Warren and Melissa continue yelling at each other while they walk toward their house too. “See what you have done,” says Melissa.

     "I haven’t done anything,” replies Warren. “You are the one who has tried to trick me into teaching our daughter how to drive.”

     Melissa enters their house first. “I didn’t try to trick you. All I tried to do was to get you to help our daughter learn to drive.”

     "There is someone else who can teach Grace to drive,” continues Melissa. “But you don’t want to do it. It’s your right to teach your children to drive.”

     Grace suddenly appeared in the large open entrance into the living room. “What a second. Did I hear you correctly? Is there someone else besides the two of you two that can teach me to drive?”


     “I know that there are several Driving Schools in Texas City,” says Grace. “But you said that we can’t afford for me to go to one of them. Was that just another lie because you wanted to teach me how to drive?”

     “It wasn’t a lie,” answers Melissa. “We can’t afford one of the Driving Schools here. But we do know someone who can do it for free.”

     Grace looks at her mother sitting on her bed next to her with a shocked look on her face. “I don’t understand. If there is someone else who can teach me to drive for free, why haven’t they been helping me?”

     “Because your father hates my father,” answers Melissa. “You could have stayed with your grandfather this summer. And he would have helped you to get your driver’s license. But your father said no.”

     “I knew that they hated each other. But I didn’t know it was that bad,” says Grace as she starts forming a big smile. “Maybe I can still get my driver’s license by my birthday after all.”


     Bradley Weston walks into the living room with his right arm around Grace’s shoulders. Before they can do or say anything Warren and Melissa confront them. “Father, it is only a couple of days before she turns sixteen. Is she ready to get her driver’s license?” Melissa asks.

     "It would have been a lot better if I didn’t have only a week to teach her,” answers Bradley. “But overall, I think that she’s ready to try to do it.”

     “The biggest problem that she has been having is with parallel parking,” continues Bradley. “But almost everyone has a problem with that. If I had been teaching her another few weeks, even that wouldn’t be a problem.”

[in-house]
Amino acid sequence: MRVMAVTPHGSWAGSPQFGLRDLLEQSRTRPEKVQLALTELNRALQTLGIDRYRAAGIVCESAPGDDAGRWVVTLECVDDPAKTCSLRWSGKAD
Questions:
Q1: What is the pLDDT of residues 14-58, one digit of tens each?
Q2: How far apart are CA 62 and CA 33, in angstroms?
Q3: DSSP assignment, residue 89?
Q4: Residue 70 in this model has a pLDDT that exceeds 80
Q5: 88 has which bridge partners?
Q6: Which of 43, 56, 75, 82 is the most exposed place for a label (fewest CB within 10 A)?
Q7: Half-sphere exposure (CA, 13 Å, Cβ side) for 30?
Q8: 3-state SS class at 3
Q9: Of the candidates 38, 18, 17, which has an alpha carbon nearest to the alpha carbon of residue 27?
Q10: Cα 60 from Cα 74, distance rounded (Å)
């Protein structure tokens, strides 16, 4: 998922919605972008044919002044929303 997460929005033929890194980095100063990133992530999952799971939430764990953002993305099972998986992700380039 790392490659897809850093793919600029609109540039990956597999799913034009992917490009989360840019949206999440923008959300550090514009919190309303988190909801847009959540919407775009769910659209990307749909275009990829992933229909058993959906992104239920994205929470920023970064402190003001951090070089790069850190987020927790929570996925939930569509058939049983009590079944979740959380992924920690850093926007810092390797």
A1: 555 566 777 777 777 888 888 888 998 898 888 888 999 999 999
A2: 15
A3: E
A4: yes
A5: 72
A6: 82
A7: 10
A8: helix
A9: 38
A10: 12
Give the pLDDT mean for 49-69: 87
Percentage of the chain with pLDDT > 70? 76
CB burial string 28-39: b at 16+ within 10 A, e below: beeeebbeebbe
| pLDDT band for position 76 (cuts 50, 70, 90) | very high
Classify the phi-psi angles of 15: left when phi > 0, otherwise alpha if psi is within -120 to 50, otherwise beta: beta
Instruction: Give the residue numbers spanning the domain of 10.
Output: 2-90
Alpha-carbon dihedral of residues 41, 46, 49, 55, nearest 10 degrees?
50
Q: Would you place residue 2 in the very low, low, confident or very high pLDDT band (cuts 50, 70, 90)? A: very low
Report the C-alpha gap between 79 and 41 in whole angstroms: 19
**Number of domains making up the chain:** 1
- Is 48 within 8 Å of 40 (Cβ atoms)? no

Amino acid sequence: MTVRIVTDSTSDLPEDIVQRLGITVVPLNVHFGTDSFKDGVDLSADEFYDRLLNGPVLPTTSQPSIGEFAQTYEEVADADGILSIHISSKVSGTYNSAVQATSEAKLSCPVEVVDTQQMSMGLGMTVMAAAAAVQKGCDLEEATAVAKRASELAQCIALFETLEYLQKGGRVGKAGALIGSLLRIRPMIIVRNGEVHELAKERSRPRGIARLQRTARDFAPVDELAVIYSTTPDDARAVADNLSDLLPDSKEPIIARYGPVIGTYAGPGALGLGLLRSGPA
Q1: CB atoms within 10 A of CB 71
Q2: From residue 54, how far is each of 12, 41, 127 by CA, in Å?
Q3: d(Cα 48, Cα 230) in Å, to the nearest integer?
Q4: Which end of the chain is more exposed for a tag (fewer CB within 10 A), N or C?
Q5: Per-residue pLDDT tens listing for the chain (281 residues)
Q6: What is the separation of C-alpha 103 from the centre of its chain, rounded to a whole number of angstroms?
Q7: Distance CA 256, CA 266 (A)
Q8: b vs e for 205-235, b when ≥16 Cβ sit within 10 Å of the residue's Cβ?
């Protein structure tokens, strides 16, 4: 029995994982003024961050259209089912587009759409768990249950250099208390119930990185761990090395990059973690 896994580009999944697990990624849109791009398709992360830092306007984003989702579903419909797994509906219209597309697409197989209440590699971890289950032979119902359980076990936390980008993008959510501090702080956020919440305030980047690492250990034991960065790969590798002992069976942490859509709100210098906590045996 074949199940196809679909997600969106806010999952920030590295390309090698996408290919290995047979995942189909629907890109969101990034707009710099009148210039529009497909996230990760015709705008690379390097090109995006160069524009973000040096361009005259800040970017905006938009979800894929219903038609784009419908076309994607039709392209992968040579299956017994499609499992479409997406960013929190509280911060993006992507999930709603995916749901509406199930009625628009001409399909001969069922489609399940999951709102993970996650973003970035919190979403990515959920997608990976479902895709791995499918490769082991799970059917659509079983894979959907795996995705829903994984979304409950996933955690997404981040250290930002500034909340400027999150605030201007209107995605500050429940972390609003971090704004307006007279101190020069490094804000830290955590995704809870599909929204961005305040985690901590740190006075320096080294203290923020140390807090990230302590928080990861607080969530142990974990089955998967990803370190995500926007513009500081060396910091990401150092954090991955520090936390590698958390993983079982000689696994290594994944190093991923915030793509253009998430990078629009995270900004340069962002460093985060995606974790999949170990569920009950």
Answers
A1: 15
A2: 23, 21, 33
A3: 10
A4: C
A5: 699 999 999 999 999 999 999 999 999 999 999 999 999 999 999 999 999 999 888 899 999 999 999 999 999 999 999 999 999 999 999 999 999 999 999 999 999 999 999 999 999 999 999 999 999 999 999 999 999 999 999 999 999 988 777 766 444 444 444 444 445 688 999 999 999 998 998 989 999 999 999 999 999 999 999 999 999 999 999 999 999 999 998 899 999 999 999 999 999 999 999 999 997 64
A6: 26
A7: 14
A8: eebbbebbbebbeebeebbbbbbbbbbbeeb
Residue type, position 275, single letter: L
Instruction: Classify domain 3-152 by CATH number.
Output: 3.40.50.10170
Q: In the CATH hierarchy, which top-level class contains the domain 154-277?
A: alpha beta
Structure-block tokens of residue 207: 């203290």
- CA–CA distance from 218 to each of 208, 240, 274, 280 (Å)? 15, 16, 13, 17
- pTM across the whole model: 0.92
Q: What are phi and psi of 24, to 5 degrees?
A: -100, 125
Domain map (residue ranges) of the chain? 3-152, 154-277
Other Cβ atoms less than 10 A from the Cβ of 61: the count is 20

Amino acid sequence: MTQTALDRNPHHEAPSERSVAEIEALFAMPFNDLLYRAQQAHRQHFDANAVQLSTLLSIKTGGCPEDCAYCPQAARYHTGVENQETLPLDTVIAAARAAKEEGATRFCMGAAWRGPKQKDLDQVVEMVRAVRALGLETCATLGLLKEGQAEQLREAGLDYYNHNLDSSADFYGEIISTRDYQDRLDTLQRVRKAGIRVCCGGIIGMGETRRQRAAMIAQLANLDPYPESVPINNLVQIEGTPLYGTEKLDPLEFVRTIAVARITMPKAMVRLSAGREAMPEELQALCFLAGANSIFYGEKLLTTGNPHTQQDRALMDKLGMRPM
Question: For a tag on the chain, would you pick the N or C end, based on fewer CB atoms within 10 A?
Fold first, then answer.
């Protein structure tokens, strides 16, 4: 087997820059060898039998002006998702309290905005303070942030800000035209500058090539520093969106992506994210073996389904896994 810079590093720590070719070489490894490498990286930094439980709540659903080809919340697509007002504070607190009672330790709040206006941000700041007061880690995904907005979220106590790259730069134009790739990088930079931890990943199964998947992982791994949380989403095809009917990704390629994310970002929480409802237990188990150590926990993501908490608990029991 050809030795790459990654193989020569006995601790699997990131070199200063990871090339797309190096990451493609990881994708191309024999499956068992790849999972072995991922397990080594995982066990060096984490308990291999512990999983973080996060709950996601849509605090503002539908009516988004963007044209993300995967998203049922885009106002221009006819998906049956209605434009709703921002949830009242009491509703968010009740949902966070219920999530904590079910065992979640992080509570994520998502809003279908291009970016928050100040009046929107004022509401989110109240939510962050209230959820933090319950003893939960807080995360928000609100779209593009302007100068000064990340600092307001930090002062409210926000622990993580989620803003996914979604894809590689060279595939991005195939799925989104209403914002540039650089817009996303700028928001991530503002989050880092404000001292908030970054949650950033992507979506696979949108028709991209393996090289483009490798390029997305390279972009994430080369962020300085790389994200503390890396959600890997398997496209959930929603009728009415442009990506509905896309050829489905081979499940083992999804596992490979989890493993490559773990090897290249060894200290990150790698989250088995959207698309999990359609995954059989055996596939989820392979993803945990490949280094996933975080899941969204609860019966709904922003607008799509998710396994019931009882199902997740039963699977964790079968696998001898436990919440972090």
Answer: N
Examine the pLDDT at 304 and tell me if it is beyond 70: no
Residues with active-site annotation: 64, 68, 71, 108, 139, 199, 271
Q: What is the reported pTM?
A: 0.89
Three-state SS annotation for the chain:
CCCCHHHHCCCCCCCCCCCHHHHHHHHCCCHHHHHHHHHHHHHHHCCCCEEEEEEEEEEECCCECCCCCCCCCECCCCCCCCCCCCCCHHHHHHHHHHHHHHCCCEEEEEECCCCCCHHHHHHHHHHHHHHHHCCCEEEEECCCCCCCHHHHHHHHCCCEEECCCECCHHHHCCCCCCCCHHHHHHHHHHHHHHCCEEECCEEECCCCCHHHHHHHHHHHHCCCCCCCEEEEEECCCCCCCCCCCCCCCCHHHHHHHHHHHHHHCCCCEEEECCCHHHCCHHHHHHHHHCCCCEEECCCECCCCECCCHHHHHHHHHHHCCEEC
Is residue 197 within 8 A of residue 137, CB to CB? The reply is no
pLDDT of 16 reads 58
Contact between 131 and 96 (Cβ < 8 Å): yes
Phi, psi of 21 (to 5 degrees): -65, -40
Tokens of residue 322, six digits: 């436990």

Grace smiles. “I told you I’m going to get my driver’s license on my birthday.”

     “I didn’t say that you would get it on your birthday,” says Bradley. “All I said was that you could try to do it.”

     “Yes, I know what you have been saying,” says Grace. “Here, and what you have been teaching me. But I also think that I can get my driver’s license in a couple of days.”


     Warren paces around their living room. Melissa can’t stand watching him do it anymore from her recliner. “Would you stop doing that?”

     “Something must be wrong,” says Warren as he continues his pacing. “Grace should have been back here by now from her driving test.”

     “Grace hasn’t been gone that long,” says Melissa. “There are a lot of reasons why she isn’t back yet. Like the number of others who are there trying to get their driving licenses too.”

     Just then Grace enters. The look on her face says that she hasn’t been able to get her driver’s license. “I know that I have been hard on you when it comes to your driving lessons for the last six months. But I am sorry that you didn’t get your license today.”

     Suddenly her sadness changes to a very big smile. “Who says that I didn’t get my driver’s license today,” says Grace. Grace takes her new license out of her pocket and shows it to her mother and father.


     Grace reaches her hand out to get the keys to their family car. Once she gets them from her reluctant father, she gets in their car. She buckles up before she pulls out of their driveway and starts driving down her street. Her parents are almost back inside their house when they hear a large crashing sound.

     Warren and Melissa start running down their street in the direction of this crashing sound. Suddenly, they stop. Their bulging eyes and dropped jaws say they are shocked at what they are looking at. The family car is starting to slide down a large tree that it has crashed into as Warren and Melissa start running toward the driver’s side of it.

     After getting to their car, Warren and Melissa look in to see if Grace is okay. She is draped over the deflated airbag and steering wheel. And she does look too well. But after looking at her for a few seconds they can see that she’s still breathing. It just isn’t very fast.

     “Are you okay?” Warren asks after Grace starts coming around about a minute later. “What happened?”

     “I’m going to be okay,” answers Grace incoherently. “Another cat got in my way again. Only I couldn’t go into the other lane this time.”

Word Count = 1,748